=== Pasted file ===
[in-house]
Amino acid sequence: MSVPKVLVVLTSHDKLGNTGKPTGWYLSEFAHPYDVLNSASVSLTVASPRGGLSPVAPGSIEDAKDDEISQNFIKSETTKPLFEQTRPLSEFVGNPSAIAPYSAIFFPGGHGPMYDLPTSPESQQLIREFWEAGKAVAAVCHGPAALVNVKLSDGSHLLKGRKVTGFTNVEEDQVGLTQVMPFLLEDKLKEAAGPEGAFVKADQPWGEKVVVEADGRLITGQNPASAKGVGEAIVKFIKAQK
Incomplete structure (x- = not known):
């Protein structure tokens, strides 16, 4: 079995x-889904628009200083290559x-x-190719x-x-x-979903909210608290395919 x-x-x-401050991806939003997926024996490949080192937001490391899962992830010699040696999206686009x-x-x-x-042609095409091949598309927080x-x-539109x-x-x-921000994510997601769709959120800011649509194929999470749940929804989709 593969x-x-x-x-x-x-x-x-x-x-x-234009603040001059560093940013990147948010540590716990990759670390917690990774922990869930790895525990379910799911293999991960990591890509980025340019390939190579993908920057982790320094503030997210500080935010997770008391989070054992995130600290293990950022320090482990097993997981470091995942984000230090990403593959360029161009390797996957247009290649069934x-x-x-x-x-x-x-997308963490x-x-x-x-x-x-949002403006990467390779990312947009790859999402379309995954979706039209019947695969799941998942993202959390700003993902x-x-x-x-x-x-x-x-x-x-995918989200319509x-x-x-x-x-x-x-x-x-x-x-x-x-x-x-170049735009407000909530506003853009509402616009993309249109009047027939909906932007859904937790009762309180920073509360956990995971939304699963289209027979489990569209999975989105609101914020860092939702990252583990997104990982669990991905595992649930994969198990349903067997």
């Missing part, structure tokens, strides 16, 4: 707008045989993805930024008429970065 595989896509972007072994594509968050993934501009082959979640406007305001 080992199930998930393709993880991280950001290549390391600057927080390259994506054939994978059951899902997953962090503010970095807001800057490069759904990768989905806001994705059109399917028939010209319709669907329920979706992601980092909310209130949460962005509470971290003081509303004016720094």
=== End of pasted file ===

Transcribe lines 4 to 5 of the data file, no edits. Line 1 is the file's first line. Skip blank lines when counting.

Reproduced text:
């Protein structure tokens, strides 16, 4: 079995x-889904628009200083290559x-x-190719x-x-x-979903909210608290395919 x-x-x-401050991806939003997926024996490949080192937001490391899962992830010699040696999206686009x-x-x-x-042609095409091949598309927080x-x-539109x-x-x-921000994510997601769709959120800011649509194929999470749940929804989709 593969x-x-x-x-x-x-x-x-x-x-x-234009603040001059560093940013990147948010540590716990990759670390917690990774922990869930790895525990379910799911293999991960990591890509980025340019390939190579993908920057982790320094503030997210500080935010997770008391989070054992995130600290293990950022320090482990097993997981470091995942984000230090990403593959360029161009390797996957247009290649069934x-x-x-x-x-x-x-997308963490x-x-x-x-x-x-949002403006990467390779990312947009790859999402379309995954979706039209019947695969799941998942993202959390700003993902x-x-x-x-x-x-x-x-x-x-995918989200319509x-x-x-x-x-x-x-x-x-x-x-x-x-x-x-170049735009407000909530506003853009509402616009993309249109009047027939909906932007859904937790009762309180920073509360956990995971939304699963289209027979489990569209999975989105609101914020860092939702990252583990997104990982669990991905595992649930994969198990349903067997």
């Missing part, structure tokens, strides 16, 4: 707008045989993805930024008429970065 595989896509972007072994594509968050993934501009082959979640406007305001 080992199930998930393709993880991280950001290549390391600057927080390259994506054939994978059951899902997953962090503010970095807001800057490069759904990768989905806001994705059109399917028939010209319709669907329920979706992601980092909310209130949460962005509470971290003081509303004016720094």